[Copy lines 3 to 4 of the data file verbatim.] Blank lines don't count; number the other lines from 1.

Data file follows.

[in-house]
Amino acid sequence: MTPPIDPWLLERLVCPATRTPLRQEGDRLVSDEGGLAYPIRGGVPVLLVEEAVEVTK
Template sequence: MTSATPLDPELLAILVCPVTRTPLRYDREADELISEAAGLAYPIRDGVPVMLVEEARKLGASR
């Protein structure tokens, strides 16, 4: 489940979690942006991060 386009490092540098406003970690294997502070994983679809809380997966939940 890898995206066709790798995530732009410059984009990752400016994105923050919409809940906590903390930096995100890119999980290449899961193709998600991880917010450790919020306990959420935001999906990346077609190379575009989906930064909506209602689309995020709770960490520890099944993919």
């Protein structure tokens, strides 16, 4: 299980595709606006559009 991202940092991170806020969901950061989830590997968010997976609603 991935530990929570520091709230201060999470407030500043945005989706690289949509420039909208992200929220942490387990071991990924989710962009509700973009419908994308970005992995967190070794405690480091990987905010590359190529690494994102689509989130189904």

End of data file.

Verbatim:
Template sequence: MTSATPLDPELLAILVCPVTRTPLRYDREADELISEAAGLAYPIRDGVPVMLVEEARKLGASR
């Protein structure tokens, strides 16, 4: 489940979690942006991060 386009490092540098406003970690294997502070994983679809809380997966939940 890898995206066709790798995530732009410059984009990752400016994105923050919409809940906590903390930096995100890119999980290449899961193709998600991880917010450790919020306990959420935001999906990346077609190379575009989906930064909506209602689309995020709770960490520890099944993919």